Recycling, from tree stumps in Niger to cellphones in Austria

Two of our stories here are about giving new life to old things. But in Alabama, new technology made possible a find that brings fresh perspectives to ancient human civilization in North America.

1. Mexico

Sustainable forestry is replacing illegal crop production in Mexico’s Golden Triangle. The area is known as one of the country’s primary regions for marijuana and opium production, but some residents are working to transform that reputation. Four communities from the Tamazula Municipality in Durango joined together two decades ago to center sustainable forest management, long one piece of the region’s history, as an alternative, reliable livelihood.

Why We Wrote This

We’re used to getting rid of what is no longer useful. But in our progress roundup, we found farmers who stopped clearing the land to improve their crops and a country subsidizing repairs to keep electronics out of the trash.

The biggest challenge for business is transporting the wood long distances on dirt roads that trailers can’t navigate, which makes the journey expensive. Despite the obstacles, the communities now manage around 180 hectares (445 acres) of forest, producing 35,000 cubic meters (1.2 million cubic feet) of wood every year and providing a living for 1,000 families.

“The people who were previously producing drugs are now taking care of the forest,” said José Rojas, regional director of the Committee for the Economic Development of Durango. “Thanks to the forest, these people have roots in their communities, and they have a secure and sufficient family income with which we can break down inequality.”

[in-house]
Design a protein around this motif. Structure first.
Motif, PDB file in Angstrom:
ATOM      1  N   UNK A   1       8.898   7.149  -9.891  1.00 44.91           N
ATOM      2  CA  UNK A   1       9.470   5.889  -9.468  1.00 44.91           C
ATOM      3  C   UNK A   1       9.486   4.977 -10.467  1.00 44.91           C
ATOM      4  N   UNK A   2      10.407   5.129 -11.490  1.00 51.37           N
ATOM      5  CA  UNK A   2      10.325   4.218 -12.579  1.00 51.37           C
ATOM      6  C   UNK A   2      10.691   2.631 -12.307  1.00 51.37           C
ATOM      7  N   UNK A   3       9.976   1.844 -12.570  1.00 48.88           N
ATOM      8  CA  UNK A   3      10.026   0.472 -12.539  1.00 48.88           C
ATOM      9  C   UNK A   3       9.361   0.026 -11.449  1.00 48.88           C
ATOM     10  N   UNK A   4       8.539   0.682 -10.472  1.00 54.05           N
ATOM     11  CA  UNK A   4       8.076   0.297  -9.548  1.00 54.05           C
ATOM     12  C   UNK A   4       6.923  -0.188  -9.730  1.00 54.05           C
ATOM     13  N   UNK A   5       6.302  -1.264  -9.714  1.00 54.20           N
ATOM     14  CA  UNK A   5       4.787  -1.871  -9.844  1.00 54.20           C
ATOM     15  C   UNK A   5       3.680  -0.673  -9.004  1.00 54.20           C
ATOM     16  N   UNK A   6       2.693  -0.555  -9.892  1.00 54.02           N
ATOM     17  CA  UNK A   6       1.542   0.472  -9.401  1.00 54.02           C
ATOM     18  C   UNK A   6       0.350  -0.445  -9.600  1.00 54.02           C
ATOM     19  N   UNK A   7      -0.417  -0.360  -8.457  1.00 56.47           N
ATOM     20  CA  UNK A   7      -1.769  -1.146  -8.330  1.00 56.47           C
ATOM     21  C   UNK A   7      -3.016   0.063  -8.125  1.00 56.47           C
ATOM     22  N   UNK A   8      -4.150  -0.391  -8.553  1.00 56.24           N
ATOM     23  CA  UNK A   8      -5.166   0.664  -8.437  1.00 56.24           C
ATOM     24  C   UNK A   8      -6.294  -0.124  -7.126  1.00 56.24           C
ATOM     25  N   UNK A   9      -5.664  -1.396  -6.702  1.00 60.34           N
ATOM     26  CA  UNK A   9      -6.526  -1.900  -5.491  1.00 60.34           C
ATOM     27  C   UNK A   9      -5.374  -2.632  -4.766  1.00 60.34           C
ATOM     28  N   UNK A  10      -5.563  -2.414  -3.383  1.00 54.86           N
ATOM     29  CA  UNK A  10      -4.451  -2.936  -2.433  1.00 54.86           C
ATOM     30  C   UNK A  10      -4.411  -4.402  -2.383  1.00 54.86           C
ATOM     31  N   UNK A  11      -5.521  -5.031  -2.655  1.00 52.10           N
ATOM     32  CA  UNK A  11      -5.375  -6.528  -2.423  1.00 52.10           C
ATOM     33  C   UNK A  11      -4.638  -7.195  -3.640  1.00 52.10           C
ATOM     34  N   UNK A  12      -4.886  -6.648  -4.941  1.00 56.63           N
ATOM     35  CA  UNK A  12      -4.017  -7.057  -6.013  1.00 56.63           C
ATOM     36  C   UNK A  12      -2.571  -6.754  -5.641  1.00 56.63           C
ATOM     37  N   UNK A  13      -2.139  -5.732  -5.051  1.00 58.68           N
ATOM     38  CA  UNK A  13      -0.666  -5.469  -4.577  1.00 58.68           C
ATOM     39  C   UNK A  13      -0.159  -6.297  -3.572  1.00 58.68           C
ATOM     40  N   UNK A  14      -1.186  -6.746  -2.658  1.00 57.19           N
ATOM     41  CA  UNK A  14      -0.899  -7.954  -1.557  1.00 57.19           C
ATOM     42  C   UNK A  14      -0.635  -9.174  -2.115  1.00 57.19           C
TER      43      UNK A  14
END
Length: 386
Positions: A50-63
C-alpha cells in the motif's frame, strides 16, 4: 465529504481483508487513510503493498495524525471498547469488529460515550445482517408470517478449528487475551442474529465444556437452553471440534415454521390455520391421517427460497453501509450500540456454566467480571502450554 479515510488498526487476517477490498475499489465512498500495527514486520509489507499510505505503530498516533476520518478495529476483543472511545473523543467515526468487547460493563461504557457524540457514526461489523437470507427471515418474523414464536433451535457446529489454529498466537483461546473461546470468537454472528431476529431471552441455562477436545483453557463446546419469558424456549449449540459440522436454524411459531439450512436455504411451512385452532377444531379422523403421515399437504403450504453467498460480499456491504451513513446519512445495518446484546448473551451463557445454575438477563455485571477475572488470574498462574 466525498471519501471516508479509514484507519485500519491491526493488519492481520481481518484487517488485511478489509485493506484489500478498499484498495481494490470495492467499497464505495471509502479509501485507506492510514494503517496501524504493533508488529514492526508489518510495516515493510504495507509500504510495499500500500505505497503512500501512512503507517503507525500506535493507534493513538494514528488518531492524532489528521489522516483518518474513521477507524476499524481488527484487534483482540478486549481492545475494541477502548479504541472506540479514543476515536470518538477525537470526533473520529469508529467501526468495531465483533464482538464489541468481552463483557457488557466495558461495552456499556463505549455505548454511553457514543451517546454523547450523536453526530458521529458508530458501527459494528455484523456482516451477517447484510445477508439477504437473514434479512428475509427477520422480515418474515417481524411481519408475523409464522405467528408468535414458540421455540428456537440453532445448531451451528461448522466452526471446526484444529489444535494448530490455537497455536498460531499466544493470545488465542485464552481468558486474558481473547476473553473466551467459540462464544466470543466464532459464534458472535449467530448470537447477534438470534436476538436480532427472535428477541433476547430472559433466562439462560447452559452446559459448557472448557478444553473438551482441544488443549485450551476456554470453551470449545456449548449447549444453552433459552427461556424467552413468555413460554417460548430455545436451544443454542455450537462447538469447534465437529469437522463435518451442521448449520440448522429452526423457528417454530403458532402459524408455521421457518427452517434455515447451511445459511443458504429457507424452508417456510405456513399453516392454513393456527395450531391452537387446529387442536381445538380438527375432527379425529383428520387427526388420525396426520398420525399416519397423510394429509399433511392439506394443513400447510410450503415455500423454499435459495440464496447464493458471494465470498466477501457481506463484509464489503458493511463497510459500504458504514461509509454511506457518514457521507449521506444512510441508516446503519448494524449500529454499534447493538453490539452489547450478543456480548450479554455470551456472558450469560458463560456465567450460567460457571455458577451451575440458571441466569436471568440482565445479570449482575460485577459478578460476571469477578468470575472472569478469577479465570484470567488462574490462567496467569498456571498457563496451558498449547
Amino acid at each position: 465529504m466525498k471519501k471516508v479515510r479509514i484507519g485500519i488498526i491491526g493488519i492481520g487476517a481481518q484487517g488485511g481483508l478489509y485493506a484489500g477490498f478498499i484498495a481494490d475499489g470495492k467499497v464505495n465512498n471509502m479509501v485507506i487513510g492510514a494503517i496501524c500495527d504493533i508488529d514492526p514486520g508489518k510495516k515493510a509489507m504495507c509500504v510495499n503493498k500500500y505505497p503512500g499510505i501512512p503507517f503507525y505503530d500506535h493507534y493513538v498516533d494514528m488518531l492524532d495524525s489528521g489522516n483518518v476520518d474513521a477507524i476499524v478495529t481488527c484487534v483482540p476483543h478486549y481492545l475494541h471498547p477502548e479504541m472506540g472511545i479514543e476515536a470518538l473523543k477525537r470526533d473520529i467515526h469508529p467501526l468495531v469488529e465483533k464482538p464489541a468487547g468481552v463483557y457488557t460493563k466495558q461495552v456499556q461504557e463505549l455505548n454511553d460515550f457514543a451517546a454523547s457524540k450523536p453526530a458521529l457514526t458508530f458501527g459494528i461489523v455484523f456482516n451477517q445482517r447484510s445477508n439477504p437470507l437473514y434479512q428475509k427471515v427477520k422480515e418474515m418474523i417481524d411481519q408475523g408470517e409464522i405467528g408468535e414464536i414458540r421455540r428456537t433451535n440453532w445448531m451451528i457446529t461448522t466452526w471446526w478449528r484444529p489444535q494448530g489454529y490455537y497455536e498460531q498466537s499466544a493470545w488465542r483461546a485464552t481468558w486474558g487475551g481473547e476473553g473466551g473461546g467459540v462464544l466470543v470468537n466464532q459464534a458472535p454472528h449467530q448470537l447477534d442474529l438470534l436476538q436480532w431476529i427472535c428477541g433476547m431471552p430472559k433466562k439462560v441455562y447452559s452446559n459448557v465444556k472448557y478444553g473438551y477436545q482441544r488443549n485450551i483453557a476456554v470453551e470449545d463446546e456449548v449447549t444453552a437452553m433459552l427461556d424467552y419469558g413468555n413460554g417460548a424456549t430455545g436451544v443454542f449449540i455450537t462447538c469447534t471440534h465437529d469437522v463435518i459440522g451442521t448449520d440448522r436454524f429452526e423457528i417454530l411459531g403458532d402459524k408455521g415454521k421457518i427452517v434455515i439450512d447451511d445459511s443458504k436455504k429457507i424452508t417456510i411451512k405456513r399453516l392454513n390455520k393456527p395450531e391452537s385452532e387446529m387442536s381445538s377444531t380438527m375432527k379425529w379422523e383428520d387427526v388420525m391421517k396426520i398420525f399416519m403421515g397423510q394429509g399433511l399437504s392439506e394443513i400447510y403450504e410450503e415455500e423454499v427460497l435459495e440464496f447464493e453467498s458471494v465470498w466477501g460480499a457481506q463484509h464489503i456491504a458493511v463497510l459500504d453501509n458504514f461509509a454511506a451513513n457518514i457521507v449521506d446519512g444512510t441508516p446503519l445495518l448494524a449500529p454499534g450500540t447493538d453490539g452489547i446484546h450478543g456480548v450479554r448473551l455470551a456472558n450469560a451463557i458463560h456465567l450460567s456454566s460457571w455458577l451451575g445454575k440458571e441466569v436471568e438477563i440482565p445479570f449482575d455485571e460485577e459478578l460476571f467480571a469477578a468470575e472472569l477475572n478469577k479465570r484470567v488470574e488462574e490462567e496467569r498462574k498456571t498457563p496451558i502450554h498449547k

2. United States

A discovery of the largest ancient cave art in North America is shedding new light on civilizations on the continent from A.D. 100 to 900. Etched deep within a limestone system in Alabama known nondescriptly as 19th Unnamed Cave to avoid detection and potential damage, the life-size masterpieces are too faint to view with the naked eye. Using 3D photogrammetry, a process that overlaps photographs to create 3D models, researchers uncovered over 5,000 square feet of ceiling designs in dark, damp passages just 2 feet high. Artists likely scraped the drawings into the mud by crouching or lying on the floor.


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